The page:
“By digging and digging the truth is discovered.”
– Telugu Proverb

As a writer, I am interested in the intersections between memory, image, and narrative, and the ways in which the things we unearth – photographs, artifacts, ephemera, and other fragmentary evidence – can help narrate a life.

For quite some time, I have worked on Dangerous Archaeology: A Daughter’s Search for Her Mother (and Others) – a memoir in fragments (with photographs by Autumn E. Monsees), a mixed-genre project that springs from my research into my mother’s unusual and complicated childhood in rural South India as the daughter and granddaughter of foreign missionaries. I have imagined myself as an archaeologist, digging and digging my way to some kind of truth, some kind of understanding.

Started privately in 2013, interrupted, begun anew at a transition point in my life, this blog will move me into new territory. Where it will take me (and you, dear reader/viewer), I do not know. So…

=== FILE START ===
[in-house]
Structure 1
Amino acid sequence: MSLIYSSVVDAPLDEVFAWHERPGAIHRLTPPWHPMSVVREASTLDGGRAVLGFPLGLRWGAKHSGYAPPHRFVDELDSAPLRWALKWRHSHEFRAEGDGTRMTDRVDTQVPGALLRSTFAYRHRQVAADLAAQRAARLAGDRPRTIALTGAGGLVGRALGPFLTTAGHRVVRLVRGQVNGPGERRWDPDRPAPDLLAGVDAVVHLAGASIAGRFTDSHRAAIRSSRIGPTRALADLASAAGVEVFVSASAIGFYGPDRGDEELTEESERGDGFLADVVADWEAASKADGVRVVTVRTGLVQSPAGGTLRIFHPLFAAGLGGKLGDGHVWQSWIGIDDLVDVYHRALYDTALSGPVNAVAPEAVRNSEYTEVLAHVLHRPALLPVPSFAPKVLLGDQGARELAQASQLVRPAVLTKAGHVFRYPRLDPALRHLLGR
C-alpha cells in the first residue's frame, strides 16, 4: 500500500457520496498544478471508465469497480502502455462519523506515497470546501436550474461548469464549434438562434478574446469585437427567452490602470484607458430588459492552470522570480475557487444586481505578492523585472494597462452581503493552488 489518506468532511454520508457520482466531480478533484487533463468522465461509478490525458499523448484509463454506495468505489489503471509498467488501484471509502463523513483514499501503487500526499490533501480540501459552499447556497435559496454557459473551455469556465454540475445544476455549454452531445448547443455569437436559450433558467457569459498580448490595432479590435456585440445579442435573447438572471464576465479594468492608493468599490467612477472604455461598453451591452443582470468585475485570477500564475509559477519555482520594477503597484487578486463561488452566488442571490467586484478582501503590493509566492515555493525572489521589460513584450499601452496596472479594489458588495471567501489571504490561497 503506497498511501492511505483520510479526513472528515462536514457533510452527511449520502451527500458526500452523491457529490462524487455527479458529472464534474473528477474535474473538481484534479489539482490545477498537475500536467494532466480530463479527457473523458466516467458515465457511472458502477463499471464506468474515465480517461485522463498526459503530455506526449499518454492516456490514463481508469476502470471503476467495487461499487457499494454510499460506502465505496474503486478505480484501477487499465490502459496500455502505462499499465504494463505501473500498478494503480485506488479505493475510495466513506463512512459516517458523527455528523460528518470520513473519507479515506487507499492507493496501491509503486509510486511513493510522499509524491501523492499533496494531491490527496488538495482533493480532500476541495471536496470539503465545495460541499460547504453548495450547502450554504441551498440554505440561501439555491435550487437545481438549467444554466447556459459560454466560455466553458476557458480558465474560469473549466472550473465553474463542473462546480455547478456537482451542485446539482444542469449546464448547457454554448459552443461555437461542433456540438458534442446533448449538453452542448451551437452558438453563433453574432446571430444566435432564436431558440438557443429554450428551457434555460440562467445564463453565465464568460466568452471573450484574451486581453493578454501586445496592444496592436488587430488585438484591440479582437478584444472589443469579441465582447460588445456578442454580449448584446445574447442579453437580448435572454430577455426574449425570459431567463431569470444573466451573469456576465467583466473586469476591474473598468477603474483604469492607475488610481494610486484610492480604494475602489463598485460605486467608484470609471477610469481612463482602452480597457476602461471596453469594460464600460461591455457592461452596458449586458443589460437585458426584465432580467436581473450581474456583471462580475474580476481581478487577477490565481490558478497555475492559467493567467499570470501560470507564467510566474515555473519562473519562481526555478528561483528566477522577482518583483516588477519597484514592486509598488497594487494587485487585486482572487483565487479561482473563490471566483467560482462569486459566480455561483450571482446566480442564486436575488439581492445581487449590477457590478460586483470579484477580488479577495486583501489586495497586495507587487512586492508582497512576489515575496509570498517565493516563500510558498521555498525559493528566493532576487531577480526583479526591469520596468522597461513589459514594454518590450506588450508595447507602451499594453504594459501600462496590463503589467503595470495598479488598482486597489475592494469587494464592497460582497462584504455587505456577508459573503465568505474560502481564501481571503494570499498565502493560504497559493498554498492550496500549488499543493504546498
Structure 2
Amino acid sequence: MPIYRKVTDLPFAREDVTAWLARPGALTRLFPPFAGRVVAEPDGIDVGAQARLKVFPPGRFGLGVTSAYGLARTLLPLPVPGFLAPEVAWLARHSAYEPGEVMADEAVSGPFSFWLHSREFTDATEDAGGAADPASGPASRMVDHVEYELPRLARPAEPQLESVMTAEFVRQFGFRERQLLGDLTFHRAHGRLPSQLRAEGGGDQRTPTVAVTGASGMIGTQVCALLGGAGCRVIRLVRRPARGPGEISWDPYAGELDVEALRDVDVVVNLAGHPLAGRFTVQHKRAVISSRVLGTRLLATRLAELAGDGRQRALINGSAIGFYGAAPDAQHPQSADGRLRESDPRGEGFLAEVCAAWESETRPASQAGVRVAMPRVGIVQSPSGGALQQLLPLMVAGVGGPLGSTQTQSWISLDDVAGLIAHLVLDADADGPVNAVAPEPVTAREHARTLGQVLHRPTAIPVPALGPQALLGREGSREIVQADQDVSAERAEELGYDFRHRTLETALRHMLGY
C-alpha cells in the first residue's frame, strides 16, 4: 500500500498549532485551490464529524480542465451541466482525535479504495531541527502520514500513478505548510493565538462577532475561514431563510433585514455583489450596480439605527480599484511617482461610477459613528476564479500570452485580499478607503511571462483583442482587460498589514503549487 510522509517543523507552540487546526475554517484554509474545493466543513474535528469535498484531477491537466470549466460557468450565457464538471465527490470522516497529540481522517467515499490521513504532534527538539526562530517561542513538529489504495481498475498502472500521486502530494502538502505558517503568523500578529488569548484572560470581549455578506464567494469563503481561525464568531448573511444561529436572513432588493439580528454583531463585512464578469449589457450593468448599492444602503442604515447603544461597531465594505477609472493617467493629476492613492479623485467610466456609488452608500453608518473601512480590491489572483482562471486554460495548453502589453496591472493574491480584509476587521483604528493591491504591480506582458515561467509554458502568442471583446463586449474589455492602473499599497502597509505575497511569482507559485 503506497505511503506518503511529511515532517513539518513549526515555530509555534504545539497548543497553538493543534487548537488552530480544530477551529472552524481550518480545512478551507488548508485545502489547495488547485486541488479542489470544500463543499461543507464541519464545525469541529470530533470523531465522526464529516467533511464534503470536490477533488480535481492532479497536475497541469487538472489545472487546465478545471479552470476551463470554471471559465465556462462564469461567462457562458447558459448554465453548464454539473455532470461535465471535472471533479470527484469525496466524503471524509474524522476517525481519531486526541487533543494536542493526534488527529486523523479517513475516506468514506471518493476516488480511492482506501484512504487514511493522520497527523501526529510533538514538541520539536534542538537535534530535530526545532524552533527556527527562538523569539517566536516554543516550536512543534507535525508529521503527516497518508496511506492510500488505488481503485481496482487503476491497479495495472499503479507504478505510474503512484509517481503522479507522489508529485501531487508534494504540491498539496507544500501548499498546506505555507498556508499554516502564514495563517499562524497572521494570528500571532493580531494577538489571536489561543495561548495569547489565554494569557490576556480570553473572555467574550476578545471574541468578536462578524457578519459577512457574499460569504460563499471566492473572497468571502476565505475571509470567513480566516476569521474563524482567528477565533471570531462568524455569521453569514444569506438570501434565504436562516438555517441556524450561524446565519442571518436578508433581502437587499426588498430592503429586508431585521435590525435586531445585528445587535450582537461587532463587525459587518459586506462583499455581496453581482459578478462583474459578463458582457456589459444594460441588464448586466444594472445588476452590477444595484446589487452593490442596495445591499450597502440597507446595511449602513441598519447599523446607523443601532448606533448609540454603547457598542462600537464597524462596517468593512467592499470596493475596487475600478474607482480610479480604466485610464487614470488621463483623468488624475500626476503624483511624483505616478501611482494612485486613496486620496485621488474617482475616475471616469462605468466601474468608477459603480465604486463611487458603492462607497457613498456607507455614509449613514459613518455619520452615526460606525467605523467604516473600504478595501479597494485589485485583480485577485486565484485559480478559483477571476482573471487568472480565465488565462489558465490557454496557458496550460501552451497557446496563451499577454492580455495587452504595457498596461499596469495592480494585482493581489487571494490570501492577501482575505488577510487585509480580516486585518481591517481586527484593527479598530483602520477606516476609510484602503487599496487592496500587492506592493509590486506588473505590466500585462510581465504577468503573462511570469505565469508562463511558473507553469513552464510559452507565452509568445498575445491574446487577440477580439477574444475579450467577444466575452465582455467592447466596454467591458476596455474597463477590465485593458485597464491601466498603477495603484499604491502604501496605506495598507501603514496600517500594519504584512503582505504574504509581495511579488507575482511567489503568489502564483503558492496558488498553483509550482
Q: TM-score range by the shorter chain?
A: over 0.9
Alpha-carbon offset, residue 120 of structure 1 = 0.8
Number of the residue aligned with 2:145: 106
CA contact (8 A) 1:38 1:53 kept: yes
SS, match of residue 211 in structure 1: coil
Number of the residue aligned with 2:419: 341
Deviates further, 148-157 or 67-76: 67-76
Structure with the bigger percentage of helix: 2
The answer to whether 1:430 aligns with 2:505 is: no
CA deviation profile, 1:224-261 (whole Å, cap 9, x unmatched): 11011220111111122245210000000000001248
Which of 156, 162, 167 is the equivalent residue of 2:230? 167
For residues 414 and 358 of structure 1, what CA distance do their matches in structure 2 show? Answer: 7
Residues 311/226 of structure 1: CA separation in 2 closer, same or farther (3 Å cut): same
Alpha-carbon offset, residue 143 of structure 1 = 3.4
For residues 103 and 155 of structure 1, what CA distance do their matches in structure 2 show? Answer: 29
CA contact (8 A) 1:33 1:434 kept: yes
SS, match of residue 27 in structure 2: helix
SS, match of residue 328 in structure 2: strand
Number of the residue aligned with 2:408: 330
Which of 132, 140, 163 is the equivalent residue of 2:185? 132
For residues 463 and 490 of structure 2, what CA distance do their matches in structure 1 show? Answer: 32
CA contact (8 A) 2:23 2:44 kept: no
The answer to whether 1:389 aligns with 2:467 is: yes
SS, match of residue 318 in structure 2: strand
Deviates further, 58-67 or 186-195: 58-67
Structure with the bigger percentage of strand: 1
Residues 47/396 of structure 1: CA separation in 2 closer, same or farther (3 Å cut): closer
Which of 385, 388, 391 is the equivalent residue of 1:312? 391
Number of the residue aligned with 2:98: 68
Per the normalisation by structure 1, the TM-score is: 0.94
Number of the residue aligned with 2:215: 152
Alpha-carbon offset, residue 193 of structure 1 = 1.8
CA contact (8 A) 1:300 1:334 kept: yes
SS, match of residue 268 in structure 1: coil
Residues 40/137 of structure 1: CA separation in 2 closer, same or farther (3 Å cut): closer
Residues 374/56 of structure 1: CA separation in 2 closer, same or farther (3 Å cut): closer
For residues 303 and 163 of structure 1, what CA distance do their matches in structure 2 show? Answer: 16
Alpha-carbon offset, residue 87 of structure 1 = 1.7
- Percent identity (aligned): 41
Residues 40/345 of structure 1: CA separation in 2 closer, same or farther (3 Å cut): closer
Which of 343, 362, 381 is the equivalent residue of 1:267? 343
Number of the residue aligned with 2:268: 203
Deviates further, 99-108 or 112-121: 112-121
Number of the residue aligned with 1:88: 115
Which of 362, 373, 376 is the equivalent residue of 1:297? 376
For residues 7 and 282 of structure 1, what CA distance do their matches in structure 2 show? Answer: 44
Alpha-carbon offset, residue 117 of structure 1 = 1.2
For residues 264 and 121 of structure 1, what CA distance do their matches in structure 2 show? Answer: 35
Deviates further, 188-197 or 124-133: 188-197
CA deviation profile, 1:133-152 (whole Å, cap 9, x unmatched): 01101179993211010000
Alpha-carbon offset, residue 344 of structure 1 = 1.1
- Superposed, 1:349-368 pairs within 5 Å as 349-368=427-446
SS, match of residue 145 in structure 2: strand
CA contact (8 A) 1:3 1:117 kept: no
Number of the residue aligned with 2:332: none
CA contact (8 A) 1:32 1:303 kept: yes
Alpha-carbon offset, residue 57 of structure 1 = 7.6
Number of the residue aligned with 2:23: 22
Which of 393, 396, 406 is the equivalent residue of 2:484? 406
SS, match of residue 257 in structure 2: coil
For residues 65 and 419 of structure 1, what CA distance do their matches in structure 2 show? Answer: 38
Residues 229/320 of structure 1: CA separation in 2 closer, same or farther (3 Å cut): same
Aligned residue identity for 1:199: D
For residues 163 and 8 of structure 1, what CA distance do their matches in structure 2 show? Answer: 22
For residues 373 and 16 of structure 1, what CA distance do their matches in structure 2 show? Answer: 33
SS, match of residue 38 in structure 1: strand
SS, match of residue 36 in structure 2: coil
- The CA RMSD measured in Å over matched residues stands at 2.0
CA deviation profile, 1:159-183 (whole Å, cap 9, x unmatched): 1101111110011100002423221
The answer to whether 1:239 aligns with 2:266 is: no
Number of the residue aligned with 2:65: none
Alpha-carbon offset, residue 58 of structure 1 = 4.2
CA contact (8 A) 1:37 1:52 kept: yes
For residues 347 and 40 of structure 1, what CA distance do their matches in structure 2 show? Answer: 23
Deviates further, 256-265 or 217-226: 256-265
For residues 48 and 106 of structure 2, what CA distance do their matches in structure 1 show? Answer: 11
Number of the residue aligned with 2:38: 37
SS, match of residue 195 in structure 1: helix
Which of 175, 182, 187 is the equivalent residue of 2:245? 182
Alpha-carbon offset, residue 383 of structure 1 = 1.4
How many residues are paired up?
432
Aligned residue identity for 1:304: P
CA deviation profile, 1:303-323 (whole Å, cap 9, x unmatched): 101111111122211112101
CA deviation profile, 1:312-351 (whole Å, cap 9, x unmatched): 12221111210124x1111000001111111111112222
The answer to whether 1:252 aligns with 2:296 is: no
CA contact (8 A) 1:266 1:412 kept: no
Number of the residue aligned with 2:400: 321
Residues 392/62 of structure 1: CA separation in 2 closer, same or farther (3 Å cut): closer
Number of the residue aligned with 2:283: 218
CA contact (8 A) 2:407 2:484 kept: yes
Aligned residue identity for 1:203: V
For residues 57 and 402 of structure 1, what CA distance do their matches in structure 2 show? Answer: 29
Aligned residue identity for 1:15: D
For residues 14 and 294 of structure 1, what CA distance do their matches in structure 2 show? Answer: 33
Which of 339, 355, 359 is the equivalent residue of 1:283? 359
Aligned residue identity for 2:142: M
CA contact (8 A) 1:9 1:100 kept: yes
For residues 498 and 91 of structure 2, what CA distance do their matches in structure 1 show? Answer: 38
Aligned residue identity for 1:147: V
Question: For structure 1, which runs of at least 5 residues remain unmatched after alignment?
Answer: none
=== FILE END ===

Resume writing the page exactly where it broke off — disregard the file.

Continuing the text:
With this blog – part field notebook, part gallery space, part meanderings, musings, and asides – I continue to unearth the fragments before me and sift out what it might mean to narrate a life, piece by piece.

Here, then, is one writer’s excavation.

Martha Andrews Donovan

Photo credit: ©Jamie Clifford Photography

Photo credit: ©Jamie Clifford Photography

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